Mum currently has two clocks on either side of her bed. One is digital and the other is a talking clock. However, she picks up the phone and dials 123 for the talking clock as she says the clocks don't work - they do! Her phone bills are usually over a 100 purely on 123 calls alone !!!!
    You might want to consider restricting the numbers she can call, and excluding that one. See 'Network Controlled Calling' service discussed on this thread:

    Nuisance Caller - my mum!
    http://forum.alzheimers.org.uk/showt...-Caller-my-mum!

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    Red face Day date and time

    Hi Erin, my mum has major short term memeory problems and uses lots of strategies to keep track of the days..luckily she can still have the paper delivered which is a huge help...she uses the radio times... but the thing she referes to all the time is a wonderful clock (which is not digital..she has lots of radio controlled digital clocks but none of them are clear enough..) Her clock has a black background with white writing..it is battery driven it shows the month, the day in full, the date, at the top of the clock the year, and there is a normal clock face as well. It is her life-line and she rewfers to it all the time to remind herself what day it is. It is a `click` clock the months and days click over. It was expensive but it has been a god send!
    Very best of luck with your project!

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    Oh..and one more thing!

    I would love to see a really good clear watch with date and time on it for older people with poor vision, which could also double as a panic button...its a nightmare trying to get the elderly to wear a necklace panic button..but if it doubled as a really useful watch and had a red panic button on it..with maybe a tracking device for wanderers it would be fantastic!
    We challenged the police some years ago because Mum in law was a wanderer and we were terrified about loosing her forever..asked about a tracking device but they said it wasnt possible it would compromise her human rights....... my heart goes out to people who loose their wandering relatives.
    Whereas a wrist watch is often so much part of normal day to day living that as well as being useful it could be a life saver.

  11. #11
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    Erin, best of luck with your project. Your idea might help people with dementia in the early stages, but as the disease progresses, they lose the ability to understand the written or spoken words. Many often use the wrong words to describe everyday objects. However, I think your idea could be very useful for carers as well. The stress of looking after a relative , can often drive the carer to distraction, and appointments can be missed by the carer.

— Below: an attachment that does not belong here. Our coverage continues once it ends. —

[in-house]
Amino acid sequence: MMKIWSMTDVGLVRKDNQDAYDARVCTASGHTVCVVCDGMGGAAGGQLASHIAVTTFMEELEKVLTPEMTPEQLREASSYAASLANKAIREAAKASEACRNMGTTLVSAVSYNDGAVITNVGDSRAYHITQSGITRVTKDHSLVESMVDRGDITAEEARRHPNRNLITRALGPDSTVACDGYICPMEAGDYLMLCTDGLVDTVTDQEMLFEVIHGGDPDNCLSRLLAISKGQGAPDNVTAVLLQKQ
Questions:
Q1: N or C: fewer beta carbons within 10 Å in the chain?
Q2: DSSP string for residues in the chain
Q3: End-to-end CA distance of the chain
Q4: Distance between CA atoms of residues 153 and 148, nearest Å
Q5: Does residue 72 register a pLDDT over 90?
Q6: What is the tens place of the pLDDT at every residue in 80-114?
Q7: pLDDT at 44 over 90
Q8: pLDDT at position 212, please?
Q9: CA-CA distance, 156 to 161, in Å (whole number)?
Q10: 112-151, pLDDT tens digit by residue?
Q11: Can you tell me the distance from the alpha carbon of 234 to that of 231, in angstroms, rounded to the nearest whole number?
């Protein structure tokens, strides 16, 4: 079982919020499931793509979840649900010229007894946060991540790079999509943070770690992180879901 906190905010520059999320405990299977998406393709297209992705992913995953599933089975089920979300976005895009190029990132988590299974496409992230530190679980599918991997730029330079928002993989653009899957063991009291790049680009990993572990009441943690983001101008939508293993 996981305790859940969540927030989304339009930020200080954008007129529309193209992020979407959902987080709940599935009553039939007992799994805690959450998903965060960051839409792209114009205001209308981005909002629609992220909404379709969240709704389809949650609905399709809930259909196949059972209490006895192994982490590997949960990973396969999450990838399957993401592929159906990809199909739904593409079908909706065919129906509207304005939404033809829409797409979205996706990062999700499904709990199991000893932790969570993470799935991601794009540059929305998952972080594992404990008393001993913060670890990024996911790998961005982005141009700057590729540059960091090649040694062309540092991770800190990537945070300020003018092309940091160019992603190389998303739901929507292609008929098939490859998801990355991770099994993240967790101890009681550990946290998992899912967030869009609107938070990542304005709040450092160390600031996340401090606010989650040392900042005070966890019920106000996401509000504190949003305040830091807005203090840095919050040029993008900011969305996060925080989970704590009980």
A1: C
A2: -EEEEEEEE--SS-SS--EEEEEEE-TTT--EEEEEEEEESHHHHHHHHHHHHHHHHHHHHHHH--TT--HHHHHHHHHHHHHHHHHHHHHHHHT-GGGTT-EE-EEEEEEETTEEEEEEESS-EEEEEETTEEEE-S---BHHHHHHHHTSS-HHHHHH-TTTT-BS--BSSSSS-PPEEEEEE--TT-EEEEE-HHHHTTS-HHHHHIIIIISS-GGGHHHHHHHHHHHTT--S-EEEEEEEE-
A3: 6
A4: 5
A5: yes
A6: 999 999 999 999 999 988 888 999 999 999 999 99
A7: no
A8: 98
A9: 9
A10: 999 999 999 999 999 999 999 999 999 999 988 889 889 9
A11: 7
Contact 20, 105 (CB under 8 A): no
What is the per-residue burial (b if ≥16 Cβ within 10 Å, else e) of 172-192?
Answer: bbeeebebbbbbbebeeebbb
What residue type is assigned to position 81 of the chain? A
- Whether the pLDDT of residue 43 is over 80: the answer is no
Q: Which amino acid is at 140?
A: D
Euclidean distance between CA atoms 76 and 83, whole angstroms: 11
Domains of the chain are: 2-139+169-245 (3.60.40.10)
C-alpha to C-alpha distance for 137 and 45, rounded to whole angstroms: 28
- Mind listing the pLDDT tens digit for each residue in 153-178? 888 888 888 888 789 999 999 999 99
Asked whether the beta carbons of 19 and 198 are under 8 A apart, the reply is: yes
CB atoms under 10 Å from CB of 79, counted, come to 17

BTW, I attended what was Loughborough College of Education in the 1970's and have fond memories of my time spent in the Creative Design and Technology building (and even fonder memories of the hours spent in the SU bar )

  12. #12

    Thumbs up

    I really like the idea of being able to upload reminders through a computer. In the earlier stage of the disease, my Mum relied heavily on what was written on her calendar but we all thought that it would have been really useful to have an audible reminder of what to do when each day - perhaps at the touch of a button (eg "its Friday morning and the time is 11o-clock. Today you are going to have a hair cut at 2o-clock and go and see the dentist at 4 o-clock. If you have any worries about this, please telephonel Jacky on 123456 " or some such thing??
    Everyone gets used to their own language/words so being able to record individual messages sounds good.
    As the disease progresses, an aubile reminder - at the touch of a button - for what time of day it is and (although i can't see how you'd achieve this!) an audible message on the lines of "it's 10 to 3 on Monday afternoon and you have 30 minutes before you need to leave the flat to meet Maureen" might have been useful? Ideally, all messages in a known voice, too?

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    I like the idea JackyS has suggested. I think it would/could be useful to have a large clock face in a plasticised flat cushion (if that makes sense) that you could place fixed to a door or a wall and on touching it it would tell you the time and day and possibly some of the things that Jacky has suggested.

    However, the functions to load the appropriate messages would need to be separate from the time functions so it could be used as just a date/time reminder and then the additional functions introduced as and when needed. If it's too complicated to set up it would be discarded very quickly by someone on their own.